• Lower odds of delivery complications: In a study of women in Spain, women who exercise three times a week gained less weight during pregnancy and were less likely to have macrosomic babies (babies weighing more than nine pounds at birth). Having a heavier baby can lead to complications for both mother and baby during delivery.
  • Faster post-delivery recovery: the more you increase your pregnancy fitness, the faster you will recover physically after childbirth and the more fit you will be after delivery.  In the same study, women who exercised recovered earlier after labor, resuming regular activities faster than those who did not exercise.
  • Boost your mood: Women are more susceptible to depression during pregnancy, with an estimated one in two of all women reporting increased depression or anxiety while they are expecting. Research has found that exercise during pregnancy reduces depression by releasing endorphins that help improve mood while diminishing stress and anxiety.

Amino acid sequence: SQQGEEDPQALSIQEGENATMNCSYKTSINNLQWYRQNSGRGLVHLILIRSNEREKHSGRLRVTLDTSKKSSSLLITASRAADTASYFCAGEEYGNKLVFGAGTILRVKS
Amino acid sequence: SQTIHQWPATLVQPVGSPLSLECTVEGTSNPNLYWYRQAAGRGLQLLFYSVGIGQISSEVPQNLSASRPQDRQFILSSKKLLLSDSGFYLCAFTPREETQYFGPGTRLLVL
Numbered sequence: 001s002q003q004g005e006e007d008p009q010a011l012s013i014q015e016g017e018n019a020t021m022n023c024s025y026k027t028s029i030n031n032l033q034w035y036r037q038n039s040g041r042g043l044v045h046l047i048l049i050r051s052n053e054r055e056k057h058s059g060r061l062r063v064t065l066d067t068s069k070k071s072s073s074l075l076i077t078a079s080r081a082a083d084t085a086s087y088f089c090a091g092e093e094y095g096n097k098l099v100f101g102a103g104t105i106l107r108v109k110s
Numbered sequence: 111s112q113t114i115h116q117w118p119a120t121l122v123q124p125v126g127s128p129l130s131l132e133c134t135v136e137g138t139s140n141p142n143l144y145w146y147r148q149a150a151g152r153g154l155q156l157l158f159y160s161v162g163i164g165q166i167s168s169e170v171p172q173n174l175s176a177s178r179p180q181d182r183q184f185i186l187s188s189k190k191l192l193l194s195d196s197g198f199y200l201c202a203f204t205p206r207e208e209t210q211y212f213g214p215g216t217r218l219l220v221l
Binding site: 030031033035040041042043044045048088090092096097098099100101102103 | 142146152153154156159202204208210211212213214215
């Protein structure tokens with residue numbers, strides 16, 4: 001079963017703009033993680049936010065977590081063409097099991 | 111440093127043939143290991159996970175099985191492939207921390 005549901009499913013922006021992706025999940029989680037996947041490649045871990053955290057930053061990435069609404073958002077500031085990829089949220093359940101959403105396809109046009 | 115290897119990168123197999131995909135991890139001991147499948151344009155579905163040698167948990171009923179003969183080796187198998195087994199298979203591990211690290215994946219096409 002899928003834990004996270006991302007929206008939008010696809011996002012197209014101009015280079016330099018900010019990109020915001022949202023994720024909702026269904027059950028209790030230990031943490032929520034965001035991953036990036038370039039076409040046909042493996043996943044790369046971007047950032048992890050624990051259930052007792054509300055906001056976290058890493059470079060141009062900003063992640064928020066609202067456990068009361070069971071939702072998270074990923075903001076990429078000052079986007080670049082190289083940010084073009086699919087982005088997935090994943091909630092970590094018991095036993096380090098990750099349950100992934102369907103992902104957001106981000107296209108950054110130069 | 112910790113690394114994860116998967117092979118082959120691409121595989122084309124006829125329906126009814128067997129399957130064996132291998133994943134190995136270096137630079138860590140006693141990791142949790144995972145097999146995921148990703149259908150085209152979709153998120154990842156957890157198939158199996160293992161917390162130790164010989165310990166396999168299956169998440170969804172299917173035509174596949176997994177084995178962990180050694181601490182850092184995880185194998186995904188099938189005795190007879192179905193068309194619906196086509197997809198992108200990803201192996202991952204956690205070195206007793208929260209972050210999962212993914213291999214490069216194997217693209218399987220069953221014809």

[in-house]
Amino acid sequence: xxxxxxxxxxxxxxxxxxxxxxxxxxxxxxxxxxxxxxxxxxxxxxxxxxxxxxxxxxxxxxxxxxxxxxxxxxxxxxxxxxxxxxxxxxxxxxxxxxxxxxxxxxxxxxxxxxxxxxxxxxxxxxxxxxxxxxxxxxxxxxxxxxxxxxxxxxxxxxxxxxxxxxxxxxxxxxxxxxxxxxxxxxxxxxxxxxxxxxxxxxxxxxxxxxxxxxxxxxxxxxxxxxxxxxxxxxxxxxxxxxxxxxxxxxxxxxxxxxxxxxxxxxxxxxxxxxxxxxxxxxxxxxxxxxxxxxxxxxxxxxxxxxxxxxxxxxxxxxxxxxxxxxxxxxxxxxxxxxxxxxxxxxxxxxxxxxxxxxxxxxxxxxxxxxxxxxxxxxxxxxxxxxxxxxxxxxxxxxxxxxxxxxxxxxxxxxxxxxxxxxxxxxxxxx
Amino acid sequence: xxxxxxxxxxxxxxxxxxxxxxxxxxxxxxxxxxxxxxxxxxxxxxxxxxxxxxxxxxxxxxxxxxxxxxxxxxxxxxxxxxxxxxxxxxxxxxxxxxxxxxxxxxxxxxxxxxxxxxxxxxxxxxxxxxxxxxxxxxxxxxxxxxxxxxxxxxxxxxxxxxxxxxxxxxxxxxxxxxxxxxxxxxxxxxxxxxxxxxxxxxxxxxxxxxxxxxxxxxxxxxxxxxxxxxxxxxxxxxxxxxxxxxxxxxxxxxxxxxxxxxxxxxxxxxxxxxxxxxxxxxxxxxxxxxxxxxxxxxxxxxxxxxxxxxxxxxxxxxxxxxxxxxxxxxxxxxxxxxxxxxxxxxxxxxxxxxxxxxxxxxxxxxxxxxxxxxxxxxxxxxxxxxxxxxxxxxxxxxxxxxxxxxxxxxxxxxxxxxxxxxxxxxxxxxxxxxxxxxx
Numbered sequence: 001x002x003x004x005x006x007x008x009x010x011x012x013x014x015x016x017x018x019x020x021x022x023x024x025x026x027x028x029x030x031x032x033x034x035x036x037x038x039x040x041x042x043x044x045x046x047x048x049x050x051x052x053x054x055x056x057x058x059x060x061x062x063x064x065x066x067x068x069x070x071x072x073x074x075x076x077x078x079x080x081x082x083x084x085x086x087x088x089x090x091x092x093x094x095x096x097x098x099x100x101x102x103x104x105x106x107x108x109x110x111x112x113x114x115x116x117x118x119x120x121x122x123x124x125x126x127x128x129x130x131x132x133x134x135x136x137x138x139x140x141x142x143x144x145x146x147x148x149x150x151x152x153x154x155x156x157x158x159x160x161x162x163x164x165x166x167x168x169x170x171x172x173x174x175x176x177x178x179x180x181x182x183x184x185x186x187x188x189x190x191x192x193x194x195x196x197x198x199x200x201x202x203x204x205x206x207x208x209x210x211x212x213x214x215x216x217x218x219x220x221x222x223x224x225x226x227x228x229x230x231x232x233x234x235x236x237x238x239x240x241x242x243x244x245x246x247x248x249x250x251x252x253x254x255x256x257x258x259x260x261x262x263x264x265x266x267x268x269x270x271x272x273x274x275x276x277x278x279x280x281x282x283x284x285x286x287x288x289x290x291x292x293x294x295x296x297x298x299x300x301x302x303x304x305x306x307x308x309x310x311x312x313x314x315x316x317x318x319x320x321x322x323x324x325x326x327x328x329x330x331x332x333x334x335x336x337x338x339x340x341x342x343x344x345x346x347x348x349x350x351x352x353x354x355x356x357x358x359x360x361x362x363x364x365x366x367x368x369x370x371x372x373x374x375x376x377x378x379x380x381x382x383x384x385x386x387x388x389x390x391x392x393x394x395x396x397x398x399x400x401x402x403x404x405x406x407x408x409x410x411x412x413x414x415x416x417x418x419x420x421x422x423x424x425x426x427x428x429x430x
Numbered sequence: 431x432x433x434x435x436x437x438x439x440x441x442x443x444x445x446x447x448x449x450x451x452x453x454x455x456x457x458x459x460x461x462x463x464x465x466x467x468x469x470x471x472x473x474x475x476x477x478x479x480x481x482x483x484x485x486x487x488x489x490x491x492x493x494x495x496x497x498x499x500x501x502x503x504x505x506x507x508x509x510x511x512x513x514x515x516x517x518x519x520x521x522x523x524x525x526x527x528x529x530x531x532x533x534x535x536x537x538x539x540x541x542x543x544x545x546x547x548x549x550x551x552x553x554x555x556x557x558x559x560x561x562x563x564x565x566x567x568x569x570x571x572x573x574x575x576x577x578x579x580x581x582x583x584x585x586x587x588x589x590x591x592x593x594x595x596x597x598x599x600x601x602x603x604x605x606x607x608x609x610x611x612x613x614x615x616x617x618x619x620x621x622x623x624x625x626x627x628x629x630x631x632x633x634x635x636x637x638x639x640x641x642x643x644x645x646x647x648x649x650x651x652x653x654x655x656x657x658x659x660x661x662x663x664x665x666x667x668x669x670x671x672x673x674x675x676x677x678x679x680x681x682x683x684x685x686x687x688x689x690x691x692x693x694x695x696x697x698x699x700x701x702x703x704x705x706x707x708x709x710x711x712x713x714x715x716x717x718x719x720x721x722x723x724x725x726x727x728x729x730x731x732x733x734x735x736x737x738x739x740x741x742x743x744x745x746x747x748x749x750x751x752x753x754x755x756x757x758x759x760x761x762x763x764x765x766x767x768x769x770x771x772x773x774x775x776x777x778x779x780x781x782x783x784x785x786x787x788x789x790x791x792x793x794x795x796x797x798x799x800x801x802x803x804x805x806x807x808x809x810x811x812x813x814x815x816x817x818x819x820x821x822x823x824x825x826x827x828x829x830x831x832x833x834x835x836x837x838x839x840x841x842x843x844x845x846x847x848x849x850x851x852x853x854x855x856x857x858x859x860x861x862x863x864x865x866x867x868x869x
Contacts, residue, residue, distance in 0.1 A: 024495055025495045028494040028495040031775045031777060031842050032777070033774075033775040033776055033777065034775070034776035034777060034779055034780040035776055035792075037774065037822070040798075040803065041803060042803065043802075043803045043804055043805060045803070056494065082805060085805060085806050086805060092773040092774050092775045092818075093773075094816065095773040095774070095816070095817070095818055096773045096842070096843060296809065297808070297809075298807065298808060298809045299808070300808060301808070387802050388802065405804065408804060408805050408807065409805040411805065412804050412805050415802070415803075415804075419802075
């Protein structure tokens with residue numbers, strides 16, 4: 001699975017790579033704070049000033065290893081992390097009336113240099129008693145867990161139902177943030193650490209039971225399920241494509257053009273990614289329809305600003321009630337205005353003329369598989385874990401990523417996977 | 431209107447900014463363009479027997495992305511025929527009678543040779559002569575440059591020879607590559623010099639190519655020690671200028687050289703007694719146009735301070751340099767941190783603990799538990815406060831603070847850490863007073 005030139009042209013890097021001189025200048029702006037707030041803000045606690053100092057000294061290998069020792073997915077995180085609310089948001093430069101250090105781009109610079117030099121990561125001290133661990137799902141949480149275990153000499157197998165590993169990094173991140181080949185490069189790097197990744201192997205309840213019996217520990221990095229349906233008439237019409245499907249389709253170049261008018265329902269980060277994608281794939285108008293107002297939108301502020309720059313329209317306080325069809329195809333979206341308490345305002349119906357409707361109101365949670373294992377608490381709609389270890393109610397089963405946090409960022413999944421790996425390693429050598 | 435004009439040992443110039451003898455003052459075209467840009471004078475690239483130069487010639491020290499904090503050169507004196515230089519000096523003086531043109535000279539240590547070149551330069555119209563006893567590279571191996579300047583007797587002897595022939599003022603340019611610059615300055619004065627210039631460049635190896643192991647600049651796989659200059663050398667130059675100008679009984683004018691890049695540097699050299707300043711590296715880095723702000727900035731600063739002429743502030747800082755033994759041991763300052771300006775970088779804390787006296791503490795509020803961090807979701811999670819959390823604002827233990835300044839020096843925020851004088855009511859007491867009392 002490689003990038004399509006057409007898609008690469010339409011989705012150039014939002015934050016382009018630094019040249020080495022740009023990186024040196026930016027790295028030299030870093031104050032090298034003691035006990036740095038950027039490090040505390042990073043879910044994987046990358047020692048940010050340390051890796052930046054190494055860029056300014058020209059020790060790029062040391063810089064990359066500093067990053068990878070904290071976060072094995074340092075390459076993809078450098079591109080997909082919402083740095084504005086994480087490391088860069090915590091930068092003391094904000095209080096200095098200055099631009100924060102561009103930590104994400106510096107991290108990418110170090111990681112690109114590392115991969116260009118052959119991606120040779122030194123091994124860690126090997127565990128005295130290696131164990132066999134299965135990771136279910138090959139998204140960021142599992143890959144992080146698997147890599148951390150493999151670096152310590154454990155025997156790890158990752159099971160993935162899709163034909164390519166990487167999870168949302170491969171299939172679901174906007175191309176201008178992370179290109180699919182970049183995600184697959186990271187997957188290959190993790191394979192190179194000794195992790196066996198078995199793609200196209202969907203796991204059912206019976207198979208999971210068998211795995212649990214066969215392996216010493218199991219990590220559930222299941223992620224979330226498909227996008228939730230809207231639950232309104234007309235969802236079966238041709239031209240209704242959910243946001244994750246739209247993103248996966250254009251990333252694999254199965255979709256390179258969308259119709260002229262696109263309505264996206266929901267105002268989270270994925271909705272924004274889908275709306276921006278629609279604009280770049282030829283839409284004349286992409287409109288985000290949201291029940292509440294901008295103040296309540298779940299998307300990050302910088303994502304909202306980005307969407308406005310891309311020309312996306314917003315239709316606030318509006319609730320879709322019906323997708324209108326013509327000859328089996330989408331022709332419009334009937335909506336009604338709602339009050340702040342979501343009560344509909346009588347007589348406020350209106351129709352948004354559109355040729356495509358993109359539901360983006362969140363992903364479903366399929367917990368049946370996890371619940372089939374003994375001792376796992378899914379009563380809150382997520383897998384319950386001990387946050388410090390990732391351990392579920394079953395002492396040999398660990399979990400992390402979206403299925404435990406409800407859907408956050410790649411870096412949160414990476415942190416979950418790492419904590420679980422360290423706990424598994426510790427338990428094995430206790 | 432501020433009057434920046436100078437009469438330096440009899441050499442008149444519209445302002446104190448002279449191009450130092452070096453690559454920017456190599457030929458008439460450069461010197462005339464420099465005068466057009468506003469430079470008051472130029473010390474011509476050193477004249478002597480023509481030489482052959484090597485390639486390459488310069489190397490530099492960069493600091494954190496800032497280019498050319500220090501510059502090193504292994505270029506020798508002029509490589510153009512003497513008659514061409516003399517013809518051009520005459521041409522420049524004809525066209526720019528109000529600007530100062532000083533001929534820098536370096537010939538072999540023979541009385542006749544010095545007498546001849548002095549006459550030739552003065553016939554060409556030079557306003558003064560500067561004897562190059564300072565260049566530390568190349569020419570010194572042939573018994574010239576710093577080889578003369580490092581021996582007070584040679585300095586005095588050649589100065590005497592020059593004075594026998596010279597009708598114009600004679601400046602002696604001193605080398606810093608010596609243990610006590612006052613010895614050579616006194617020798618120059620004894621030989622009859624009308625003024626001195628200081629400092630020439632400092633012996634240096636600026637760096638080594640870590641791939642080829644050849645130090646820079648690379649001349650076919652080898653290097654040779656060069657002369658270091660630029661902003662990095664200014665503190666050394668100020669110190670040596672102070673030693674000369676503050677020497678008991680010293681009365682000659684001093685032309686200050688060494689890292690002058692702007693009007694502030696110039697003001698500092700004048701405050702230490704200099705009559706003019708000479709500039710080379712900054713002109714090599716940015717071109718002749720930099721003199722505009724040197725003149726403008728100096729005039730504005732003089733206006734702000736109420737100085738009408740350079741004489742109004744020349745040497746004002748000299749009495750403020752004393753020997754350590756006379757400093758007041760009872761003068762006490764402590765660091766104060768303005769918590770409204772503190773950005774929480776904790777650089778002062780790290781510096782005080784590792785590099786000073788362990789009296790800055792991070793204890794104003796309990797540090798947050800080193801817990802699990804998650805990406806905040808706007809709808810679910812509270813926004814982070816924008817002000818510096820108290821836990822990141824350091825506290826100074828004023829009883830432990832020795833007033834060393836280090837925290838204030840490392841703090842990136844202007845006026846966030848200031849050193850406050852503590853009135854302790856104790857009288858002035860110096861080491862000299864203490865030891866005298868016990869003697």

• Lower blood pressure: Blood pressure occasionally increases during pregnancy, but too much and it can be a warning sign of preeclampsia. Staying active during pregnancy- in one recent study by simply walking regularly- has been found to keep blood pressure from rising.
  • Ease back and pelvic pain: There’s no denying that the growing fetus puts extra pressure on your lower body, resulting in low back pain and aching pelvis. Exercising, however, may result in less lower-back and pelvic pain especially during the latter stages of pregnancy.